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Ladder Safety.

Using the right ladder, correctly positioned and using the correct climbing technique, working above ground or at height should be no problem. The following tips will help reduce the risk of accidents.

  • Make sure the ladder is suited for the type of job you plan to do. Ladders are classed as follows:

 

Classification Duty Rating Max Static Vertical Load Application Symbol
Class 1 130 kg 175 kg Industrial Use
Class EN131 115 kg 150 kg Commercial Use
Class 111 95 kg 125 kg Domestic Use  

 

  • Before using a ladder, especially a ladder that has been stored in the garage for a while or has had very heavy use, inspect it for cracks, damage or broken joints.


  • Place your ladder on a stable, even, flat surface. Never place a ladder on top of another object. 
  • Use the 1:4 ratio to ensure a stable working platform. Place the base of the ladder 1 foot away of whatever it leans against for every 4 feet of height to the point where the ladder contacts at the top (see sketch below).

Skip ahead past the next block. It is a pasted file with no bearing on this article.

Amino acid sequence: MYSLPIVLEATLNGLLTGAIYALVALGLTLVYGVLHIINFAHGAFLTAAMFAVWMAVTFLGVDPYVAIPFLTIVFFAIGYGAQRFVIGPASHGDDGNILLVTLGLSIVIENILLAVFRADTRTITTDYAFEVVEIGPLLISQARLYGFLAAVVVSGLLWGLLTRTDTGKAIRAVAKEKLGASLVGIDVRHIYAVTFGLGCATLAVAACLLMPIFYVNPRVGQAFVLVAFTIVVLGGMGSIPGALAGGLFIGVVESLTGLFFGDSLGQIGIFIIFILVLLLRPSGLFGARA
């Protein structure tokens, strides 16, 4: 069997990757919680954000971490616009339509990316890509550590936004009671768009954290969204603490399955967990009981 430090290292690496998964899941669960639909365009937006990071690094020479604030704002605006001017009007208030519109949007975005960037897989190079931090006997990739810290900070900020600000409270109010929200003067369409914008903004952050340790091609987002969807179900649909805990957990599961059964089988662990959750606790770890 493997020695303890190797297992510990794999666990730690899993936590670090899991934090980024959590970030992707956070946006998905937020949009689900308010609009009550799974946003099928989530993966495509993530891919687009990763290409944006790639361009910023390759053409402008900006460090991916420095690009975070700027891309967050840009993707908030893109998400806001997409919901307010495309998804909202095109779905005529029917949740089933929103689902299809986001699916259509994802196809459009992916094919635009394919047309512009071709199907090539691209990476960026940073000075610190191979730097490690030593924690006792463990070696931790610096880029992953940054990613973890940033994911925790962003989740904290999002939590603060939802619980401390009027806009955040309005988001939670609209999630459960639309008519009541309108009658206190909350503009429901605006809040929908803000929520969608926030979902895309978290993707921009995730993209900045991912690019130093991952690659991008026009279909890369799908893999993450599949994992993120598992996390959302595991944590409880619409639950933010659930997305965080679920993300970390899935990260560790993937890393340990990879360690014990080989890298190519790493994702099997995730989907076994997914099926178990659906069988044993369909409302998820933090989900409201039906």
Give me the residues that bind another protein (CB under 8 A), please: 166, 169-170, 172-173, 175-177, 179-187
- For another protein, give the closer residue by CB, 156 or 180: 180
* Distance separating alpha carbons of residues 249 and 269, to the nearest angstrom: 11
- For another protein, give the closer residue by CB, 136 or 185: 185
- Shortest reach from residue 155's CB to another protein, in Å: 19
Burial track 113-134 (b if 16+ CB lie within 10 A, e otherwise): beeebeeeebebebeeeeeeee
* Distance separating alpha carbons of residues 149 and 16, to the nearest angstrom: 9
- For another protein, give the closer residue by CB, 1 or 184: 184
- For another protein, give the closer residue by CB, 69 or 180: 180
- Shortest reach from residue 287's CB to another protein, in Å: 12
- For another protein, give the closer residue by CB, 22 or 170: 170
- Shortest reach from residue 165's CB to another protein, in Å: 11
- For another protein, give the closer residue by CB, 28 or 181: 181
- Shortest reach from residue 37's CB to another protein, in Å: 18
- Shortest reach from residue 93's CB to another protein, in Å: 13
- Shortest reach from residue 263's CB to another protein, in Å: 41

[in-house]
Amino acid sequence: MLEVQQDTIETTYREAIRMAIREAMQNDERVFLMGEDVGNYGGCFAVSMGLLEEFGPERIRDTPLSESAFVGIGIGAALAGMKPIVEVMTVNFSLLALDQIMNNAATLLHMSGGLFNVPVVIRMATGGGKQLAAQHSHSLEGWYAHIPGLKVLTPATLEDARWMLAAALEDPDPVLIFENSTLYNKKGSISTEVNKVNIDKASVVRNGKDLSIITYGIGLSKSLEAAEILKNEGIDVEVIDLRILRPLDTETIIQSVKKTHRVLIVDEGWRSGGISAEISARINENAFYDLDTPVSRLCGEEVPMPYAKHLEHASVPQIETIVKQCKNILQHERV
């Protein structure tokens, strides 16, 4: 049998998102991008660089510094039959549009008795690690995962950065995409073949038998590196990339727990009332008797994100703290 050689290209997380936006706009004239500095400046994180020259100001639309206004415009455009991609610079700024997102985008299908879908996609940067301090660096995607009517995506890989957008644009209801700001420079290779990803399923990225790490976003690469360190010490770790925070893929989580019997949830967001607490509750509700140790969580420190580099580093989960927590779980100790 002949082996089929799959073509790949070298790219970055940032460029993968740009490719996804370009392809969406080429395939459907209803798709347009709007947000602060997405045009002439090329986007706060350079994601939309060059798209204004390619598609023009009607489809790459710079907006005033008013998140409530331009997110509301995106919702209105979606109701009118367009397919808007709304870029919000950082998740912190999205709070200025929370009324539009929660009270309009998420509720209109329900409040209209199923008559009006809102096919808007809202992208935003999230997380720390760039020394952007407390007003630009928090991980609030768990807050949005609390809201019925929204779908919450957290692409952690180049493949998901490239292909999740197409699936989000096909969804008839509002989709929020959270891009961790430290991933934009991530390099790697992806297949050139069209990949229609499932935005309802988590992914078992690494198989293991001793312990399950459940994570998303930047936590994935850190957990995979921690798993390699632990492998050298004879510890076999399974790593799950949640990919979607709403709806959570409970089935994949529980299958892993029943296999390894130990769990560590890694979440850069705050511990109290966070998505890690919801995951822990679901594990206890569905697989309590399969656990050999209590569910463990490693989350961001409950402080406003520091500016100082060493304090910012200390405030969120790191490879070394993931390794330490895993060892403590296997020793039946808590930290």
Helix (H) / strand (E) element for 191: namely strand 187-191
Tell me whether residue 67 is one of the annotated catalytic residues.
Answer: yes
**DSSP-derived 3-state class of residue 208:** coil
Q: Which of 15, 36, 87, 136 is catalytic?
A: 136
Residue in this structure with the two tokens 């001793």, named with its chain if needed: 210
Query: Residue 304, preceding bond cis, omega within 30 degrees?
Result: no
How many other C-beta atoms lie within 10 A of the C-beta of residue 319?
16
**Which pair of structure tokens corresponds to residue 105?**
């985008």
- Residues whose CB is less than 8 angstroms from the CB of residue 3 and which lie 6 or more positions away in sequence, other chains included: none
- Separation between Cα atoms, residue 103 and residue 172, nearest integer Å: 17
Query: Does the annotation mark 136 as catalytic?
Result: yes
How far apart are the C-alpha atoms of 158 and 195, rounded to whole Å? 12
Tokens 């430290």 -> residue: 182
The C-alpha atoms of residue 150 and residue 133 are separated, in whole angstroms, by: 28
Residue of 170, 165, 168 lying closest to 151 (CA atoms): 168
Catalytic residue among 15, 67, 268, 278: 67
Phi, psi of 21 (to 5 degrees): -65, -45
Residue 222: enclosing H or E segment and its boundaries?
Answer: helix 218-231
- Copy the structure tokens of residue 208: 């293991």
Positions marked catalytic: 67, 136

• When using an A-frame stepladder, make sure the brace is locked in place. 
  • If climbing onto another surface, make sure the ladder extends at least three feet past the platform you're climbing onto. 
  • Secure tall ladders by lashing or fastening the ladder to prevent movement. 
  • Always face the ladder when climbing or descending.
  • Keep both feet on the ladder - never put one foot on a rung and the other foot on a different surface. 
  • Do not climb higher than the second rung on stepladders or the third rung on straight or extension ladders. 
  • Never stand on the top or the paint shelf of a stepladder. 
  • Keep your belt buckle (if you have one) positioned between the rungs so it doesn't catch. 
  • Never leave ladders unattended - kids love them.
  • When working with electricity, use a ladder made of wood or fiberglass.

 

 

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